Reddy also pointed out some essential criteria for the success of this venture. "In order to be effective, the technology management units in an organization should function: Independent of the institutional bureaucracy; Should ensure repeatability and the robustness in the technology; Should ensure technology to be free from IP infringement etc; Should ensure smooth transfer of technology to the industry; Should ensure regular trouble shooting during the process of technology transfer; and also after the complete transfer should work with the industry till the successful commercialization of the technology/product."
Giving examples of such existing units in the Indian Institute of Science (IISc), Prof. G Padmanaban, distinguished biotechnologist, Department of Biochemistry, IISc, Bangalore, commented, "The concept of technology management units is welcome and overdue. Many Indian Institute of Technologies (IITs) and IISc do have such units. For example at IISc, we have two units, the Centre for Scientific and Industrial Consultancy (CSIC) and the Society for Innovation and Development (SID). In a broad sense, CSIC deals with short-term projects with industries, where as SID deals with long-term collaboration with industry. Most national labs would also have such units, although their contribution to promotion of locally developed technologies may vary. These need to be proactive in the sense of scouting for appropriate partner industries to leverage the technologies."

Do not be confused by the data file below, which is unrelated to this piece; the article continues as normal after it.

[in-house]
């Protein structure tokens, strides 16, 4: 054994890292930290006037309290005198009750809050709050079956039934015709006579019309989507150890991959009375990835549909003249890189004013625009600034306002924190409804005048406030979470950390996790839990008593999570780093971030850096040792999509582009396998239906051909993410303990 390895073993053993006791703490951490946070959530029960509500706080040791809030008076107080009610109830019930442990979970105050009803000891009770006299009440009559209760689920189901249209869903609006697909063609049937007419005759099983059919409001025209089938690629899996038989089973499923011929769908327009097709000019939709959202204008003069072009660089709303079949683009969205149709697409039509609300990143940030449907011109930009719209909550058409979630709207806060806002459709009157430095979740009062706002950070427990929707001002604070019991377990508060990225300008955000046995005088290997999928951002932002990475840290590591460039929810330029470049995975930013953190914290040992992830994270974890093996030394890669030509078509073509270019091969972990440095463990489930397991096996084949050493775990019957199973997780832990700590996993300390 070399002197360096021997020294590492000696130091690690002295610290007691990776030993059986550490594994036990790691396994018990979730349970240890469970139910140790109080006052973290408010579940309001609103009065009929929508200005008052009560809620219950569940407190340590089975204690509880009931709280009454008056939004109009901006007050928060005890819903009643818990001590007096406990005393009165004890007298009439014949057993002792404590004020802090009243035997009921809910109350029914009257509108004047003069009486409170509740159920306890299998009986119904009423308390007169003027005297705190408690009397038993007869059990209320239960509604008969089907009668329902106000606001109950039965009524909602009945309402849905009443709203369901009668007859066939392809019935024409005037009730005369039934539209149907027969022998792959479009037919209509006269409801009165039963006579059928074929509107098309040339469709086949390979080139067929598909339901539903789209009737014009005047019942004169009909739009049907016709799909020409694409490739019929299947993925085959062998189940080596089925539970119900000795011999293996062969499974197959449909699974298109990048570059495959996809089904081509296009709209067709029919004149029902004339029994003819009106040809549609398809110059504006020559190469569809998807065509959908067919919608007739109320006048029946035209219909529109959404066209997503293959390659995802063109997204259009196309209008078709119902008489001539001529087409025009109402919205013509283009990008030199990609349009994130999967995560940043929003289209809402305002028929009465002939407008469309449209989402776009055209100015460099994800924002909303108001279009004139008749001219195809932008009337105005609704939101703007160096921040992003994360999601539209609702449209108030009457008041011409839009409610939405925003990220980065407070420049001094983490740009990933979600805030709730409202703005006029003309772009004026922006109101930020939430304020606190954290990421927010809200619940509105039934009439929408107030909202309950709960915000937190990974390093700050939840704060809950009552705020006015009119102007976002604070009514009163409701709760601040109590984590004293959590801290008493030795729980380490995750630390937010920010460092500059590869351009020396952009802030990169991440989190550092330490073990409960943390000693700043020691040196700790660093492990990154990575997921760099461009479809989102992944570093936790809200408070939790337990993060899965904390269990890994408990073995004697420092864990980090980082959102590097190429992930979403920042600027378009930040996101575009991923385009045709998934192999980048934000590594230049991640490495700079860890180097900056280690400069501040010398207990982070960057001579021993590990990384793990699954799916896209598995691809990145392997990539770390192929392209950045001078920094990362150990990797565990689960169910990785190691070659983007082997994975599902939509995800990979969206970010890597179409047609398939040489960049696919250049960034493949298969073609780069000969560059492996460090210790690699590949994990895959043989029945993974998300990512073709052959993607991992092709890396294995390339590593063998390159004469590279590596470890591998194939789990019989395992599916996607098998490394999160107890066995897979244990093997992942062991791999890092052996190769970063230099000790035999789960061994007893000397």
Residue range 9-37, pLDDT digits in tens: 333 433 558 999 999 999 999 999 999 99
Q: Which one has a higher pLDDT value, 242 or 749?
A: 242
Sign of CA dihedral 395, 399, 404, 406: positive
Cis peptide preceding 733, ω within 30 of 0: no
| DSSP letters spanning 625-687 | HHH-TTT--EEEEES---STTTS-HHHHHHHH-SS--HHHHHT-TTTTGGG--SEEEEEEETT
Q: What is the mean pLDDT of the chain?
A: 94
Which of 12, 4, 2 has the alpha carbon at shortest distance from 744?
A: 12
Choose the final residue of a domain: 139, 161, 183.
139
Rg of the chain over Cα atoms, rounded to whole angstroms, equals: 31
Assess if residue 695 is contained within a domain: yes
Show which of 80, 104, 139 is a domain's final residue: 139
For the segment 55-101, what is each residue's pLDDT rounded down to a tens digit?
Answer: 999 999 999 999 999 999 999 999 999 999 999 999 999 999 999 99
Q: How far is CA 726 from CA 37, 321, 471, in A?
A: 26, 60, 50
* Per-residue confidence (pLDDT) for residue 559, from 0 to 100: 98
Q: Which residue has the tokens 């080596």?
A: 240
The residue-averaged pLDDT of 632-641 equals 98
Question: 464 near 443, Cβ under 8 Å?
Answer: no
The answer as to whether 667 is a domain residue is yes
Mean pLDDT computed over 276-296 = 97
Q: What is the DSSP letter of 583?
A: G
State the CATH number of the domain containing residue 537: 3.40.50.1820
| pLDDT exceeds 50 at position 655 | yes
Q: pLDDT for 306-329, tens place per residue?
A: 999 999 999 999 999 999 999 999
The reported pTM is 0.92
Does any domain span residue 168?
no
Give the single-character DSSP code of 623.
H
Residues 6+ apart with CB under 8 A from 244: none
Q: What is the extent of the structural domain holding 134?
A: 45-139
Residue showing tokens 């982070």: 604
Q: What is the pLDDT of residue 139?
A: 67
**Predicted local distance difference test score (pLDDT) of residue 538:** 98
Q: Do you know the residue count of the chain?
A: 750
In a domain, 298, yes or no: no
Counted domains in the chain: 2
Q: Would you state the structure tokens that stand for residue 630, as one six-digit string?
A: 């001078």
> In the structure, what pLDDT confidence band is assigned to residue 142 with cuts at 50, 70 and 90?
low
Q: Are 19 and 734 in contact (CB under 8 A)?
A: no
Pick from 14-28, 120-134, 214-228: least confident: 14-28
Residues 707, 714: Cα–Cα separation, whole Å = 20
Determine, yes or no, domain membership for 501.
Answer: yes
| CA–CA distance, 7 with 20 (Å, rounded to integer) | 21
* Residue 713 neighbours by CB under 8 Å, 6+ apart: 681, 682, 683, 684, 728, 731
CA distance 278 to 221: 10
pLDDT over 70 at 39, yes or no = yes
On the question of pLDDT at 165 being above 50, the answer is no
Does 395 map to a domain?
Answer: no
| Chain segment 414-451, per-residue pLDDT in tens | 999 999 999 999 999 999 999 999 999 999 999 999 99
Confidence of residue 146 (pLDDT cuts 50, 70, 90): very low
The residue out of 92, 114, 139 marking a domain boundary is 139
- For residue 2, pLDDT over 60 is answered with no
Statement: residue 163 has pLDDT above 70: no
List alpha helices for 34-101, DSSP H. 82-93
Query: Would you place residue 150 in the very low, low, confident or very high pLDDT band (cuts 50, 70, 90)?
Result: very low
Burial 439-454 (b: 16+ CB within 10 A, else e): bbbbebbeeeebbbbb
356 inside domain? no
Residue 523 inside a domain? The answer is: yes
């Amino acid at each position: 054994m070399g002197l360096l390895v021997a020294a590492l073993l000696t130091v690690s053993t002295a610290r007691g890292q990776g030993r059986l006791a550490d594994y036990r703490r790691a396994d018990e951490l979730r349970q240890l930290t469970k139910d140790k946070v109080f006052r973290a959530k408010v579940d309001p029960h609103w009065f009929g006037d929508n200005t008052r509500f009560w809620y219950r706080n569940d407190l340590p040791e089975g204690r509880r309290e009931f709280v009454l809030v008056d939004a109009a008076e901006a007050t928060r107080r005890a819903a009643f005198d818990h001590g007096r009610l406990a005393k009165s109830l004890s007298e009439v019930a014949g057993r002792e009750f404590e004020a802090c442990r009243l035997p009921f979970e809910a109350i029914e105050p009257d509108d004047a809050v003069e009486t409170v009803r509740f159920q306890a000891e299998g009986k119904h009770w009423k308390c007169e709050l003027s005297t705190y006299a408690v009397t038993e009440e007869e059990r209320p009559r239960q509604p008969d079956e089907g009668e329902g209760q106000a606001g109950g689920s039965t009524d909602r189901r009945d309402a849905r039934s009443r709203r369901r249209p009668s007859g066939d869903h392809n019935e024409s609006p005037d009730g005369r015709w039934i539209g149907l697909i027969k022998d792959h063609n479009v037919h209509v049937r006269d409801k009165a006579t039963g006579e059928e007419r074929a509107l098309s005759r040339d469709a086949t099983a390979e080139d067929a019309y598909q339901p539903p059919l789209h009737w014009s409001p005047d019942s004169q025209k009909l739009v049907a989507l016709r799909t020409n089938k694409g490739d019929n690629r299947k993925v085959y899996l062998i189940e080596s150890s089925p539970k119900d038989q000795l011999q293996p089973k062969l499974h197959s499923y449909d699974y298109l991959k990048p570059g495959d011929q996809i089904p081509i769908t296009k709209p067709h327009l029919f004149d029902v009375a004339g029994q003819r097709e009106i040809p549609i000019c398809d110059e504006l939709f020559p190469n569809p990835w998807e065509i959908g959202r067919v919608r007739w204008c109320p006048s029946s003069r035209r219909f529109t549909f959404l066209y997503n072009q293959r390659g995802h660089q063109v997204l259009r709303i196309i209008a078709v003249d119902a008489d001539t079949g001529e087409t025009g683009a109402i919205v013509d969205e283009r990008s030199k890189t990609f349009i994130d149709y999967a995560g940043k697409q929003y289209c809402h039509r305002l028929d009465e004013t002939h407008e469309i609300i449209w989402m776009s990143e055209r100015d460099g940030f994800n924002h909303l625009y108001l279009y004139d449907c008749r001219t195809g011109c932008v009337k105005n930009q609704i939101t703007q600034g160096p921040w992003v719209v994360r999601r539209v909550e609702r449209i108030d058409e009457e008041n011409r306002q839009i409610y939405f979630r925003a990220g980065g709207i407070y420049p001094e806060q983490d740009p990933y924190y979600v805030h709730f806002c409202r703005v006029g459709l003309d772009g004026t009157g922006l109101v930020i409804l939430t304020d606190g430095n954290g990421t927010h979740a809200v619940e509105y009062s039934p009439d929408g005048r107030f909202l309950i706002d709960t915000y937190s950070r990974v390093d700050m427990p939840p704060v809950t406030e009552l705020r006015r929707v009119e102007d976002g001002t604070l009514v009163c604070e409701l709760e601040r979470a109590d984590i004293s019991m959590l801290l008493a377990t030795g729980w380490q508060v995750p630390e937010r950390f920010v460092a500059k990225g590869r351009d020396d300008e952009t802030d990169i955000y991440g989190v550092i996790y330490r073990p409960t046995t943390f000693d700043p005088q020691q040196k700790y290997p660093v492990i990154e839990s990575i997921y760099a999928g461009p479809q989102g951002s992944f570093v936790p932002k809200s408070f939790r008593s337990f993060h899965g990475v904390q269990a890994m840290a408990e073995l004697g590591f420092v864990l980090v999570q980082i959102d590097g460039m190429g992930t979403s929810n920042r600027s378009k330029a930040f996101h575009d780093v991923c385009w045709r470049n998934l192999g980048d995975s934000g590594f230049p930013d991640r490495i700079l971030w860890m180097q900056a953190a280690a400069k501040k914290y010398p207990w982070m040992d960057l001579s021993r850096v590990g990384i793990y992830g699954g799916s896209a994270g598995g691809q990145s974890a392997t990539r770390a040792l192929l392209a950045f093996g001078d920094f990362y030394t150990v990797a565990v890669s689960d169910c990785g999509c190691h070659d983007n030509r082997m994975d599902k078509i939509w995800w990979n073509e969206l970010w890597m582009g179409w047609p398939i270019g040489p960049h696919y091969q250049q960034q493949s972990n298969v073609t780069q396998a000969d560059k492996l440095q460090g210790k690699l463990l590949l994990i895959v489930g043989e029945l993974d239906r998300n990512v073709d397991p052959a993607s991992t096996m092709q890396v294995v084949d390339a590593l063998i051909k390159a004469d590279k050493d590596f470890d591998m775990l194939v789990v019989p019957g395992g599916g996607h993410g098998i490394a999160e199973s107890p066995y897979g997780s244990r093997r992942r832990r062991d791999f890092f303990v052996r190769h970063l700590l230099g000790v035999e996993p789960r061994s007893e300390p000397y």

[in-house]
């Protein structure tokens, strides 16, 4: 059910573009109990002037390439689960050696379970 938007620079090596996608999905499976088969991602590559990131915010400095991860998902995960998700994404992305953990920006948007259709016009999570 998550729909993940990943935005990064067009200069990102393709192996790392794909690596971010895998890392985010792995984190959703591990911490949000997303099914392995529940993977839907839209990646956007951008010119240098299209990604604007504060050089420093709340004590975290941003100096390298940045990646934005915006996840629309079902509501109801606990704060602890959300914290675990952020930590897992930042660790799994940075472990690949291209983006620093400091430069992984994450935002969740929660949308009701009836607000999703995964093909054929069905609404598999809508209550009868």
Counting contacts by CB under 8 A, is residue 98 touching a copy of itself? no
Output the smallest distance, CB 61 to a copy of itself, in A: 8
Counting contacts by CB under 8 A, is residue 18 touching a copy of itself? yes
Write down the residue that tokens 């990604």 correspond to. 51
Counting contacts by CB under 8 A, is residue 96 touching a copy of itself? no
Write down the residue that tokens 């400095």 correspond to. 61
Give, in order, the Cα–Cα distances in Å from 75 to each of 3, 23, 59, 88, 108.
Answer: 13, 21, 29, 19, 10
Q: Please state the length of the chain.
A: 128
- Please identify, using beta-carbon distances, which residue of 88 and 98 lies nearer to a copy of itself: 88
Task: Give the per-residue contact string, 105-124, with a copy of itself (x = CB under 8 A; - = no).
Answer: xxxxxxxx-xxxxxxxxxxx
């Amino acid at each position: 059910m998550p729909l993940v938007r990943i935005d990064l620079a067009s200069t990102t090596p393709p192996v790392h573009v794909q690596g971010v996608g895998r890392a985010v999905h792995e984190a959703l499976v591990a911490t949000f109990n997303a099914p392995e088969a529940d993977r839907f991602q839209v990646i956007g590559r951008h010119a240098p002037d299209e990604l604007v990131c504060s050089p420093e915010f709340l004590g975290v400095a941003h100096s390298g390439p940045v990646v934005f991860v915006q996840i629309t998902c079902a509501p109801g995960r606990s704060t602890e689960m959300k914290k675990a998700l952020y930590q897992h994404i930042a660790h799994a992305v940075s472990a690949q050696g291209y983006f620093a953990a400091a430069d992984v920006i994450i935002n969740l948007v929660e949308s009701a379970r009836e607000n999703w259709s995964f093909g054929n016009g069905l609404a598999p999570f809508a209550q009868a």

Such units can improve their efficiency if they have a machinery to be fairly conversant with what is going on in the parent institution. As most often the existing units tend to become independent cells or departments and perform clerical functions. It would also help if these units could also provide help in identifying and evaluating potential discoveries for IPR protection and also take it further to generate documents for pat enting, pointed out Prof. Padmanaban.
"Many universities in India may not have even rudimentary cells for technology management as conceived and they would benefit. The demands on such units would indicate that a wide-ranging expertise from science to financials needs to be available at these units and obviously most of it has to come from within the institution. If an appropriate structure for the units with a good, committed leader for each can be evolved, it would fill a long standing gap in the lab to land transfer," he added.